There is a science behind how people work together. “Many employees are paid to think for a living, but there’s been little consideration given to what’s happening in our brain when we perform certain tasks in different scenarios,” says Ben Hamley, Future of Work Lead, APAC at JLL, in an article.
To tap into this knowledge researchers scanned the brains of volunteer employees at JLL's office in Singapore, while they performed tasks they would do on a normal working day.
“Now we’re able to get insights into the science of when, where and why the best kind of work gets done – but we’re not stopping there,” Hamley says. “We’re interested in how the design of the physical space affects cognition, and how we might be able to design more inclusive spaces for neurodivergent groups or spaces that help nudge people into a state of flow.”
The firm did a neuroscience study with a neuroinformatics firm, EMOTIV and came to some interesting conclusions.
Brains work better together in the morning
People in the study were 12% more engaged when they worked together in the morning compared to when they did the same work alone at a computer, with their brains more active and aroused when others were around.
The morning element was important. The work people’s brains were doing, known as cognitive load, was on average 10% higher compared to the afternoon.
“Armed with this knowledge, people could begin to think more about how they self-manage their calendars and workday with morning and afternoons dedicated to different kinds of tasks,” Hamley says. The design of the work itself, where, when and with whom it is done, is just as important as the environment you do it in.”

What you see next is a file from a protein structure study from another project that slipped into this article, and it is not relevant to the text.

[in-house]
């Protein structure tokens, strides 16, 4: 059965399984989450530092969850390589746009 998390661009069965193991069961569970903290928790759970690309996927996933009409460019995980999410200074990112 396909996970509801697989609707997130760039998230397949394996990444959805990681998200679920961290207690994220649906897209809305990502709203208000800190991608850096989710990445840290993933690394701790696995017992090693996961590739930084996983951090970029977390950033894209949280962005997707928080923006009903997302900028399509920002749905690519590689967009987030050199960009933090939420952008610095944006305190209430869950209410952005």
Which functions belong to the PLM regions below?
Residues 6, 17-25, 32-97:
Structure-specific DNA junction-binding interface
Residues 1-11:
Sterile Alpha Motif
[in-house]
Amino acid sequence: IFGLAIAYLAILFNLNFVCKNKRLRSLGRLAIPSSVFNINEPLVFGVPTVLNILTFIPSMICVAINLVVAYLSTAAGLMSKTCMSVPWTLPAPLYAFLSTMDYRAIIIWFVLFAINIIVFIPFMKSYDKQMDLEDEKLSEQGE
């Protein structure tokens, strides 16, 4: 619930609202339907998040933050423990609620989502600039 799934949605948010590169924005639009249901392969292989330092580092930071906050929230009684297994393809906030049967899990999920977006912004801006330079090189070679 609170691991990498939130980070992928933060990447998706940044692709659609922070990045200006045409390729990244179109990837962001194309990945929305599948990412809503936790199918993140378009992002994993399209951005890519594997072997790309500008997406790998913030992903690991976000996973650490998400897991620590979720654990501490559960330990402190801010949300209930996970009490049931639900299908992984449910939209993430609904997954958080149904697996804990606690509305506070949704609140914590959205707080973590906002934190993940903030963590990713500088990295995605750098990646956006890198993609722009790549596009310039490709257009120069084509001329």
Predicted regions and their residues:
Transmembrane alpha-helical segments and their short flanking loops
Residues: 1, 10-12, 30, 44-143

Sometimes it’s just the vibe
For many people, a noisy office can be distracting, but an eerily quiet one can be worse.
“Some people struggle when things are too quiet – but it remains to be seen if workplaces can go further and curate a certain feeling or vibe,” says Hamley. “It’s not unlike the inspiration people seek from being around – but not with – others when they head out to a café to get some work done.”
It’s why some companies, he says, are using soundscapes and white-noise generators in the office, such as those provided by Moodsonic to the likes of global pharma firm GSK.
Not everything needs to be in person
But for some kinds of work, being together can be counterproductive. When participants in the study were asked to attend a short presentation and complete a comprehension test on the content, their attention on average was 10% lower, and they were 8% less relaxed and 18% less excited.
“Traditionally we expect learning and development would be better done in person, but perhaps we’ve become so accustomed to engaging with content online, that being with others makes us a bit uneasy, especially if we’re being tested on it or required to ask a question,” says Hamley. “Rehearsing a question with the safety net of a mute button or the option to type it out might actually help.”
To find out more about JLL’s work in neuroscience, click here.